Fermentation Riot All Grain Beer Brewing

Purpose of Wort Boiling

 

The purpose of wort boiling "boils" down to these main items:

Evaporation
Removal of volatile off flavors.
Sterilization and enzyme destruction
Formation of Protein and Tannin precipitation
Extraction of hop constituents and isomerization of hop acids
pH reduction
Increase in color
Decrease in surface tension

Wort Boiling


If you often overlook your boiling process you might want to reconsider after reading through the information in detail below.

Evaporation:
Often the wort is diluted following lautering which must be concentrated to reach the set original gravity. Boiling will often achieve a 5-10% rate per hour.

Removal of Volatile Off-Flavors:
Many volatile substances are present in the wort after lautering which must be evaporated. These include DMS (di-methyl-sulfide) from the malt, other malt related volatiles, and undesirable hop volatiles. As overall hop aroma is volatile this is why it is added into the wort by late additions.

Sterilization:
The temperatures of the malting process are not quite high enough to inactivate the microorganisms and microflora which originate from the malts used. Therefore, boiling for 15 minutes (minimum) is needed to inactivate all organisms. As bacteria can quickly contaminate a good batch of wort it is extremely critical that the batch be cooled from boiling and placed in a sanitized fermentor as quickly as possible.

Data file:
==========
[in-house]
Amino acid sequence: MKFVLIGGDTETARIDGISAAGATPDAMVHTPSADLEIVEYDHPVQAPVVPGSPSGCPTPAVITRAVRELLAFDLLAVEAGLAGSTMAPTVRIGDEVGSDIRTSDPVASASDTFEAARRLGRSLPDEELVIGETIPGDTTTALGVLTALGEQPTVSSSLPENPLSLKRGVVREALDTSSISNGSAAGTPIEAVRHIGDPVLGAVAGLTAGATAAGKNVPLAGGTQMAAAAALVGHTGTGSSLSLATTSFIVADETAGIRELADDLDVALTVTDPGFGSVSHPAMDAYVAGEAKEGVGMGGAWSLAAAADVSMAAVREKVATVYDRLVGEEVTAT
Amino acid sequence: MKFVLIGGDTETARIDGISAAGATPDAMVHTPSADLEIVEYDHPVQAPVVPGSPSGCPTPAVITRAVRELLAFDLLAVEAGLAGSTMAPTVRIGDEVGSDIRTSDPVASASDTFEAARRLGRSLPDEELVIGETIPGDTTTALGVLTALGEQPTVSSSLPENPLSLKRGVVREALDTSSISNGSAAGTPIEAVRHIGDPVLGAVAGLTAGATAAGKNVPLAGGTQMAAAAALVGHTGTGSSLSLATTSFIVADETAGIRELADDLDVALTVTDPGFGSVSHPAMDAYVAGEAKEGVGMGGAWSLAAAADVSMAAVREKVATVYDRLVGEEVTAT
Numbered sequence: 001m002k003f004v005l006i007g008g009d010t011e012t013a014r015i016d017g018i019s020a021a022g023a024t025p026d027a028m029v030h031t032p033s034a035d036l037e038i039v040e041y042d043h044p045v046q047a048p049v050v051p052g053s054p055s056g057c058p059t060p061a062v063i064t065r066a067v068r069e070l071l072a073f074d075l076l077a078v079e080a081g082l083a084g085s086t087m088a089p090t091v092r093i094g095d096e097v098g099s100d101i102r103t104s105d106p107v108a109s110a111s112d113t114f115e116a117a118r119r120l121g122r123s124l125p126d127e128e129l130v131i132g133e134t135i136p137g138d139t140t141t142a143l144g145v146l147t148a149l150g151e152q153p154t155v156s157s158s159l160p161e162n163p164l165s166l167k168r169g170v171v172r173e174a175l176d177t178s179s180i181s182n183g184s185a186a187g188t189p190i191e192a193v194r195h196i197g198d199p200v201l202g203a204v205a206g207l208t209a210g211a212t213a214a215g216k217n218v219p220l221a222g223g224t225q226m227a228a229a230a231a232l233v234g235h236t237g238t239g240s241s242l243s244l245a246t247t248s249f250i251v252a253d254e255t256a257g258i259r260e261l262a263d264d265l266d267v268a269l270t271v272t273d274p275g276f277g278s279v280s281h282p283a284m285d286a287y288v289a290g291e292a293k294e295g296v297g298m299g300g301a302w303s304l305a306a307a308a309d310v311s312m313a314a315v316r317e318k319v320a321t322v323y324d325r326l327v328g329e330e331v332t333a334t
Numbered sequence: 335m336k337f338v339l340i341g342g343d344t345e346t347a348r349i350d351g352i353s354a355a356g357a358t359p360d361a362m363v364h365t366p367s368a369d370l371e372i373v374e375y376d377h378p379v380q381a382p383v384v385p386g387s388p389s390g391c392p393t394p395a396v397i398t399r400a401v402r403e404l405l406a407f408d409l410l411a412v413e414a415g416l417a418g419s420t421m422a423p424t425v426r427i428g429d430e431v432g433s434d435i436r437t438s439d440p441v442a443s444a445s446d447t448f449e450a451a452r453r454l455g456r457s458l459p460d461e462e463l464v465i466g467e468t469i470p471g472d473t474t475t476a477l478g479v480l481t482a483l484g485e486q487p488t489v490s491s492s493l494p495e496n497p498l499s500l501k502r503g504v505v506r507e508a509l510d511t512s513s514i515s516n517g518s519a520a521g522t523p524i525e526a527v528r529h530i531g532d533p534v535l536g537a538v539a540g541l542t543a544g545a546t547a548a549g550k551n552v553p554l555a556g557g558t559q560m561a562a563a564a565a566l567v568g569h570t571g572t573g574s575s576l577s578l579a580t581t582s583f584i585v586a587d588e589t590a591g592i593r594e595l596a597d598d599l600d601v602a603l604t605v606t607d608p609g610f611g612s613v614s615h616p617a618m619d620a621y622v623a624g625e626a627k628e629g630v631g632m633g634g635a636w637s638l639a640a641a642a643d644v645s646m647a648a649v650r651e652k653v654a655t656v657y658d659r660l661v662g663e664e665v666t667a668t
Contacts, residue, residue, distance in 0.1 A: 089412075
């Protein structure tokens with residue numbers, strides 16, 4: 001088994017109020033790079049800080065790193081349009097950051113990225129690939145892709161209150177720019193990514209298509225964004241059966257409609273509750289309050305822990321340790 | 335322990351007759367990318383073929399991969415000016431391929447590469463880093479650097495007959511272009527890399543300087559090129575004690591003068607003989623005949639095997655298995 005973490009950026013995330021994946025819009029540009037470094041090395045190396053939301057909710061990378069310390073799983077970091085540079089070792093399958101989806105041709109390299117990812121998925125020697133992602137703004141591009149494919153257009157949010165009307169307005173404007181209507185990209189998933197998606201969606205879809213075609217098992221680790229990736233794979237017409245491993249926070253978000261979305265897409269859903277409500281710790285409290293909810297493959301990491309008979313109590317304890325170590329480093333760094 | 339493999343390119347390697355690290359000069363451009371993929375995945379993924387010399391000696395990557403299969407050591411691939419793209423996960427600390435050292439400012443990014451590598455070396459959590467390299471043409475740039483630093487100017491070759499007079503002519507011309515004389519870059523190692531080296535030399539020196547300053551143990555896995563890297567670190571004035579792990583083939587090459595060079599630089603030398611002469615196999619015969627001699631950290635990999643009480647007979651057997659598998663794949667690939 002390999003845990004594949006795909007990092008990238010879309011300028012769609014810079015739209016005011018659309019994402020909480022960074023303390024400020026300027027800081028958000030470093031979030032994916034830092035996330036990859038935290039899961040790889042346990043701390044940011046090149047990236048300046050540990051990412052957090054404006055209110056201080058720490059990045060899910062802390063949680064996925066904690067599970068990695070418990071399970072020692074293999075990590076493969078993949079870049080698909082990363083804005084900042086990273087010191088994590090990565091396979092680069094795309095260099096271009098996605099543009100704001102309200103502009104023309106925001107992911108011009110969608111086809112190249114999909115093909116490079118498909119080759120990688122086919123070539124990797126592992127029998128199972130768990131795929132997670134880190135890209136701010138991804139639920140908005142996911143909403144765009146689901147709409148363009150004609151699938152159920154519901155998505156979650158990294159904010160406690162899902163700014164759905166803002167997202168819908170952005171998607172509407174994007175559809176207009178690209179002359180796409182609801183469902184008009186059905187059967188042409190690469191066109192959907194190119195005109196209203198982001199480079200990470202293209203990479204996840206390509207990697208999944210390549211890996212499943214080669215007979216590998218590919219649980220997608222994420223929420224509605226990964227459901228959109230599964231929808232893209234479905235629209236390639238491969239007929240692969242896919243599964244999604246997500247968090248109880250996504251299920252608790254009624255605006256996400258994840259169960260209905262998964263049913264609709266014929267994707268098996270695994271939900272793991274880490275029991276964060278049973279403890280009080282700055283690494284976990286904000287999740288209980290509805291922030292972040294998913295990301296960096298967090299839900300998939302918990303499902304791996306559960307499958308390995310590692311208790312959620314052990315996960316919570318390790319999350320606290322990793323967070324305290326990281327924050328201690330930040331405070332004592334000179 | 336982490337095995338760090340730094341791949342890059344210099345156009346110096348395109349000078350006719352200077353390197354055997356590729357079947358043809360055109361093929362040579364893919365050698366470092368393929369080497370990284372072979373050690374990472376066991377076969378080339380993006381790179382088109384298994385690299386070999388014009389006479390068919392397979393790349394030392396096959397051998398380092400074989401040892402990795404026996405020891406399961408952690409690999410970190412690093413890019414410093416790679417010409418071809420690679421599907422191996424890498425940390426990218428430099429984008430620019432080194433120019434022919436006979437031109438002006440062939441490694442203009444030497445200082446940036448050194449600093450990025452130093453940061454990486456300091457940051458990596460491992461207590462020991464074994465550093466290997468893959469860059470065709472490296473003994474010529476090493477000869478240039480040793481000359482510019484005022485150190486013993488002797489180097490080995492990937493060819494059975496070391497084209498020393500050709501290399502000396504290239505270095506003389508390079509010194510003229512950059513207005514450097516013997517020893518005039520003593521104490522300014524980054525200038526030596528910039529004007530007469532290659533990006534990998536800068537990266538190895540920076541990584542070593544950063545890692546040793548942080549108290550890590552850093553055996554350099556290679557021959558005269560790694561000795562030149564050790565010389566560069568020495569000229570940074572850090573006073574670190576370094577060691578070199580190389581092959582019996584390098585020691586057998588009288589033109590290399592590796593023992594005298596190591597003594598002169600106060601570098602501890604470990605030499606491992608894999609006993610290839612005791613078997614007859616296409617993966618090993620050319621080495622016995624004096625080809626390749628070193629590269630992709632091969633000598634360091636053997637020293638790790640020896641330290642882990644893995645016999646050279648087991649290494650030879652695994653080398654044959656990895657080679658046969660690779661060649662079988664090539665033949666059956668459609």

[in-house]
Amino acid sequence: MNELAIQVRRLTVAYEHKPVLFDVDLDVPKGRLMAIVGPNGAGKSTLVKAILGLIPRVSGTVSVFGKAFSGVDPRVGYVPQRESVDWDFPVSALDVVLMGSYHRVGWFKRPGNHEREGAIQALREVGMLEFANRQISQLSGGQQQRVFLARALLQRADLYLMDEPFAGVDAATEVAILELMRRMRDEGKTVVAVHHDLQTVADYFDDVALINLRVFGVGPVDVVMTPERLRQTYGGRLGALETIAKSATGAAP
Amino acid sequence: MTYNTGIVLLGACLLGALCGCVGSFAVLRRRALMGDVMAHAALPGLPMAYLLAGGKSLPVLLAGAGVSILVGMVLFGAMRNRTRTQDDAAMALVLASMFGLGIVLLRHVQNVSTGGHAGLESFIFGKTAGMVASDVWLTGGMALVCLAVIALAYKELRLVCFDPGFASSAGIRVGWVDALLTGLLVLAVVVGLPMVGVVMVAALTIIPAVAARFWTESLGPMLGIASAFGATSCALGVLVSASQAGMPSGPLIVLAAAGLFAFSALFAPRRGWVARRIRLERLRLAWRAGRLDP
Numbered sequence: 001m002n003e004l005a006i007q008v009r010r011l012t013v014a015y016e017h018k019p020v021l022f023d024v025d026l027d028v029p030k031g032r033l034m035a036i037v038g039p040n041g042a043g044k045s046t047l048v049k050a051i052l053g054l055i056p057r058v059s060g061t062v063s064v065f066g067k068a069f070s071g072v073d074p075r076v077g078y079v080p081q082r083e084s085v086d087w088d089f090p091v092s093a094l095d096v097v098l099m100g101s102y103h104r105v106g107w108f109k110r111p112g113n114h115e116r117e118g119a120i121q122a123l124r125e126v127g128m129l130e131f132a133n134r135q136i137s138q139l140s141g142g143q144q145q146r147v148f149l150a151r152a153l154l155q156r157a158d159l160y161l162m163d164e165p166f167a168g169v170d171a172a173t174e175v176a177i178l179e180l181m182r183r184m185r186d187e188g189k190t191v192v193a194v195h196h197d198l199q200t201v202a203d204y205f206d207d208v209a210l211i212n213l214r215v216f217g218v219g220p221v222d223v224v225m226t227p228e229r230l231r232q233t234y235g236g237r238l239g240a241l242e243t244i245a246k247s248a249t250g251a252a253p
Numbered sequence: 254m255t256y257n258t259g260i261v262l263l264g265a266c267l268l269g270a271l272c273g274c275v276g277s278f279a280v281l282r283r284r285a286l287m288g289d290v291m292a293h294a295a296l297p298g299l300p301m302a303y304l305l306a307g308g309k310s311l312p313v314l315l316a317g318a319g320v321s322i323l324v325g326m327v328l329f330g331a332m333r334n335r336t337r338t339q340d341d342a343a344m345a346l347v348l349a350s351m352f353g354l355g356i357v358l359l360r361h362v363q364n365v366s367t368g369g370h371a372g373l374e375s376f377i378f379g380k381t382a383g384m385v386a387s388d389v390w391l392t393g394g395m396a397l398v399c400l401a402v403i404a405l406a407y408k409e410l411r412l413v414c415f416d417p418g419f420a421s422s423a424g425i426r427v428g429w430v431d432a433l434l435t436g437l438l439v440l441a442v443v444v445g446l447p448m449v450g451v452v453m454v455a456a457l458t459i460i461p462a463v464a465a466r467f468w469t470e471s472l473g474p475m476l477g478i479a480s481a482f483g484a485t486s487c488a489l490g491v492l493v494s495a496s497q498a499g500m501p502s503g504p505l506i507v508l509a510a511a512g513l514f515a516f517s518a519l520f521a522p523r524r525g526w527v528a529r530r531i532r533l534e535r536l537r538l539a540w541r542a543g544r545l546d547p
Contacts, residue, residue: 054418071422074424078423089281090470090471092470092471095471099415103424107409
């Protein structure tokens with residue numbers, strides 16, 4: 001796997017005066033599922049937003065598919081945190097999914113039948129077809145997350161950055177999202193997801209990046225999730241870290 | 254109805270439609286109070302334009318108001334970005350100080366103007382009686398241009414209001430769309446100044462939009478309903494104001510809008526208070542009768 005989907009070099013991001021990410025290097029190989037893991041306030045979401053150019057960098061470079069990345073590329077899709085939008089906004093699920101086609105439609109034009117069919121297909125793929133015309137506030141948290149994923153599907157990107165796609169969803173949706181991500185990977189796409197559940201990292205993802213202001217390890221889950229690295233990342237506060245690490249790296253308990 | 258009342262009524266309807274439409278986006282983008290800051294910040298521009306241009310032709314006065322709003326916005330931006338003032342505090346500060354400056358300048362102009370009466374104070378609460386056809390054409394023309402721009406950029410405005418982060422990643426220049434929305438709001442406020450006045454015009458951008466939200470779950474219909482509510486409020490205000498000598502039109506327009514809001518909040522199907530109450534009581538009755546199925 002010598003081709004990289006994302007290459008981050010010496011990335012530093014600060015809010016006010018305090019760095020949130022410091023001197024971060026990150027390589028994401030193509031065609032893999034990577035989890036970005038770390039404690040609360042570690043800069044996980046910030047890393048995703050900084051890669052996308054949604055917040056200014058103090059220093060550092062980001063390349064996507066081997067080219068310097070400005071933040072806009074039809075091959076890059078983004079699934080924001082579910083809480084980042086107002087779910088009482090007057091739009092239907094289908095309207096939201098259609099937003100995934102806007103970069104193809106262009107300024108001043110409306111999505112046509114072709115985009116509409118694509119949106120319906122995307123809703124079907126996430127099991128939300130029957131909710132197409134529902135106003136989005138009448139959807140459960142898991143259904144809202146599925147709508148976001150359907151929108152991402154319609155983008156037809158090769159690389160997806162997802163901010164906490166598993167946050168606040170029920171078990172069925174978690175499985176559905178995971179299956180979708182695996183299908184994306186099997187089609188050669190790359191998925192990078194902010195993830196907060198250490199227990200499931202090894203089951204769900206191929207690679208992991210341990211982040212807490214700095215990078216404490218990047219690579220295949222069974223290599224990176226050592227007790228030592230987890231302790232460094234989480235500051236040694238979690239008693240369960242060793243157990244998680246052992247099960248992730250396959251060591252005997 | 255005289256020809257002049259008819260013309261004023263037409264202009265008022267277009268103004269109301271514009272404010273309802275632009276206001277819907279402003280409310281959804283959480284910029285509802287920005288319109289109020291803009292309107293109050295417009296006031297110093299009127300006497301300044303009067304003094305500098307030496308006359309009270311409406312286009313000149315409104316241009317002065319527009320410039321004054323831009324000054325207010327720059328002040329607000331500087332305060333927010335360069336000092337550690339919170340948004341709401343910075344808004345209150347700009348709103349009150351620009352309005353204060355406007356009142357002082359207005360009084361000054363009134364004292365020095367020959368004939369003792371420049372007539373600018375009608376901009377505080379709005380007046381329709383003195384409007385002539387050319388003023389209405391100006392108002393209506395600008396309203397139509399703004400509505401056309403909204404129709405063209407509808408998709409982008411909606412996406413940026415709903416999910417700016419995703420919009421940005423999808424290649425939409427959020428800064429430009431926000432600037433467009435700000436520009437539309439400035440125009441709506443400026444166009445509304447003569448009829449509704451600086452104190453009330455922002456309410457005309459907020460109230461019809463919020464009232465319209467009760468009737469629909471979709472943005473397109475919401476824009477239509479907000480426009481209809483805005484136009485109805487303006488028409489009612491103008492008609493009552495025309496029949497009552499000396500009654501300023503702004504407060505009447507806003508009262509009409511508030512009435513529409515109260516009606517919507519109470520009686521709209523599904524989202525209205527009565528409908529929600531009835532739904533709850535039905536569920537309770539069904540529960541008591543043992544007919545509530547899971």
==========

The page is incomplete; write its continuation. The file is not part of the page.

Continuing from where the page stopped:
Break Formation:
Hot break is a visual indicator (usually frothy foam on the top of the wort) which indicates that proteins are being denatured. During this process the protein becomes hydrophilic and takes on a positive charge. Polyphenols often have a negative charge and combine with the positive protein structures. These can often be manually scooped from the surface of the boiling wort and removed.

Hop Isomerization:
During the boiling process hop components are solubilized and the oils which are very harsh are immediately evaporated. Alpha and beta acids are solubilized in the wort and during this process the alpha acids are slowly isomerized which contributes to the bitterness of the beer (IBU rating). The longer the acids are exposed and the higher the acid content at boiling temperature, the higher the bitterness of the beer.

 

What are the impacts of not boiling vigorously enough or not long enough?

Lower gravity, larger fermentation volume, insufficient hot break, poor fermentation, haze generation, premature chill haze formation, higher DMS levels (unless you like vegetables), and poor hop utilization.

 

What are the impacts of boiling too long?

Higher gravity, lower volume, trub breakup and redistribution which results in haze and flavor problems, excess maillard reactions (bready and cardboard flavors), harsh bitterness, and increased wort and beer color.

 

In the end it is important to understand the beer style at hand and the time needed at boiling to satisfy your recipe requirements. Hope this helps...

 

 

 


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